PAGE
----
Who made the best Nexus phone for its time: HTC, Samsung or LG?

Who made the best Nexus phone for its time: HTC, Samsung or LG?
Ah, the Nexus phones - probably the most beloved handsets in the entire Android universe. Never really achieving the status of top sellers, but always being highly-regarded, as they have not only been cool pieces of tech, but have also helped Google guide its hardware partners and introduce new versions of Android.

We've seen four of these: the Nexus One by HTC, the Nexus S by Samsung, the Galaxy Nexus, again by Samsung, and the Nexus 4 by LG. While it's safe to say that each Nexus has been more successful than the one before it, we think this is largely thanks to Google getting better at distributing the phones, as well as the constantly increasing number of users who are aware of what Android and Nexus are.

That said, it's definitely not an easy task to say which one of these three manufacturers has done its job best. Obviously, the answer to that question would be rather subjective, but still undeniably fun to explore. According to Google, Nexus manufacturers are being selected for having the right technology at the right time. But there's more to a device than the processor or the screen. Until now, the companies in this business have been able to get away with their generic, uninspired designs mostly because of the tremendous interest smartphones cause these days. People are simply crazy about smartphones, many are still discovering the power of these handheld devices and seem to be too obsessed with the possibilities they enable that they fail to notice the amount of work put into the shell of the product. And that amount varies greatly from manufacturer to manufacturer, and from model to model.

In addition to the design of the exterior, which is of utmost importance for the success of any consumer product, we can also talk about their specs. Sure, all Nexus handsets have aimed to be top-notch performers, but they haven't always been on the bleeding edge of technology. For example, the Nexus 4 sports an awesome specs sheet, but lacks a key feature - LTE. The Galaxy Nexus, on the other hand, has never been anything spectacular in the specs department - even when it first came out. Come on then, let's take a closer look at each Nexus!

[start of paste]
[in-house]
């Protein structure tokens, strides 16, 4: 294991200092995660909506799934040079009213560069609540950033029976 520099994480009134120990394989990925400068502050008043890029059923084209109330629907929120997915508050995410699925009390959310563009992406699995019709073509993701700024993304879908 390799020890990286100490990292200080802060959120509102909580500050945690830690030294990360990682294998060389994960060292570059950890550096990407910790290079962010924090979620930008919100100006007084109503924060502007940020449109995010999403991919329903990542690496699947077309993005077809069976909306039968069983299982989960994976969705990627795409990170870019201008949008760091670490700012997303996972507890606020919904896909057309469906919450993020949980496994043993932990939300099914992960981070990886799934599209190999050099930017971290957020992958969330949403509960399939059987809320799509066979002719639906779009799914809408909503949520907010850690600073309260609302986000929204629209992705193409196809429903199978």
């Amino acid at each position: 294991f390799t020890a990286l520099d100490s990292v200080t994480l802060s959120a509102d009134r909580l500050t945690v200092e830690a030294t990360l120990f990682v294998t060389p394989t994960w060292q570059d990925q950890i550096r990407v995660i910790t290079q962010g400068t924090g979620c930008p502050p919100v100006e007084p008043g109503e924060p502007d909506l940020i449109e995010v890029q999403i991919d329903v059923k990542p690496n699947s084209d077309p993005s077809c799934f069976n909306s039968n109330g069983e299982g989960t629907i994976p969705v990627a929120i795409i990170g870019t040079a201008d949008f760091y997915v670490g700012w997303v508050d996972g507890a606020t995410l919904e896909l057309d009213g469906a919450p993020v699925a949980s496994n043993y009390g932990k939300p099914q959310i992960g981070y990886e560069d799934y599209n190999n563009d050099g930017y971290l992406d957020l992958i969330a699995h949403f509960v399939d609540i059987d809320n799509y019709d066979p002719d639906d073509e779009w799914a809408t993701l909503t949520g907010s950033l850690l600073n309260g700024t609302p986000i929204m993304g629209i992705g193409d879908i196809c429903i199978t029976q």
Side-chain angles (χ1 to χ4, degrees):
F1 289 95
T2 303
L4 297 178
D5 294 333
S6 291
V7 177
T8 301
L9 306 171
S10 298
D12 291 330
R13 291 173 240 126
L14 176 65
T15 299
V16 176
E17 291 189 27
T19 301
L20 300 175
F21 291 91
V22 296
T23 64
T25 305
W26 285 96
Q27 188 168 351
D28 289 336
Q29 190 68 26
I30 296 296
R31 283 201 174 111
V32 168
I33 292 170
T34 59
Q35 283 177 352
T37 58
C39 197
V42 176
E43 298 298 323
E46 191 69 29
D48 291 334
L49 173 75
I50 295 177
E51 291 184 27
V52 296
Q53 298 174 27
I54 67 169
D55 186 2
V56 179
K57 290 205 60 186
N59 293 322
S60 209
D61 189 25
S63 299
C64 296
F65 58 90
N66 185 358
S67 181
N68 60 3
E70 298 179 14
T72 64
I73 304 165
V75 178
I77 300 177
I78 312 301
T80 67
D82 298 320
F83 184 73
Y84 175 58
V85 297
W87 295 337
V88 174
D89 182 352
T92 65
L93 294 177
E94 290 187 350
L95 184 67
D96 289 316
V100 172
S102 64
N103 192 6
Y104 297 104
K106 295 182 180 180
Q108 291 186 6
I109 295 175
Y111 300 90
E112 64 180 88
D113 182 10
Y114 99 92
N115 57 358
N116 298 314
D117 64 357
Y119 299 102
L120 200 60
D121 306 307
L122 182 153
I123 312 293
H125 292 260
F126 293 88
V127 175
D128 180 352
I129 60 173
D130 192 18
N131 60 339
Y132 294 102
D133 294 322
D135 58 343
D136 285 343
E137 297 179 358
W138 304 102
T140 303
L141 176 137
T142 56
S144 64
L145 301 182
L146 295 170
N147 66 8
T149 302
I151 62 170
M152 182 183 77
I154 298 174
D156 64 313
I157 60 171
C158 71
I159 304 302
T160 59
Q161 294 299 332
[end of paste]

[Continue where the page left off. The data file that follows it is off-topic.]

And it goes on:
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Ah, the Nexus One, the device that started it all (for the Nexus line, that is). It actually had little to no flaws back then, when its 3.7" WVGA AMOLED display was considered large, and its Snapdragon S1 processor with Adreno 200 was the standard among high-end phones. Not only this, but it also had something that today's Nexus handset lack - a microSD card slot! With or without microSD, though, it later turned out that the handset actually suffered from a critical problem - its very limited internal storage. Unfortunately, this prevented Google from updating the handset past Android 2.3 Gingerbread. Thankfully, those who had some knowledge of custom ROMs could get the latest OS updates like ICS and JB, thanks to the productive dev community.

What's even more important for this story, though, is that HTC did a wonderful job with the design of this smartphone. Probably the most inspired Nexus phone to date, the Nexus One has a strong, distinctive appearance that can easily stand out from the crowd even today. What's more, HTC utilized its unibody technology giving the handset a quality look and feel, with all of the internals being enclosed by a single piece of aluminum.


With the hit that the Galaxy S turned out to be, it wasn't really a surprise that Samsung got assigned with the task of creating the second Nexus phone. Hardware-wise, the Nexus S was just as spectacular as its predecessor. It got a natural bump in screen size to 4 inches (though it kept the same resolution of 480 x 800), and it also got Samsung's own Exynos 3 single-core CPU, coupled with the trusty PowerVR SGX540 GPU. This was a great hardware configuration at the time, and one that is still able to deliver a satisfying user experience, as long as you don't push it too hard. Being much better prepared in the internal storage department, Google showed its readiness to support its devices and even issued an official update to Android 4.1 Jelly Bean.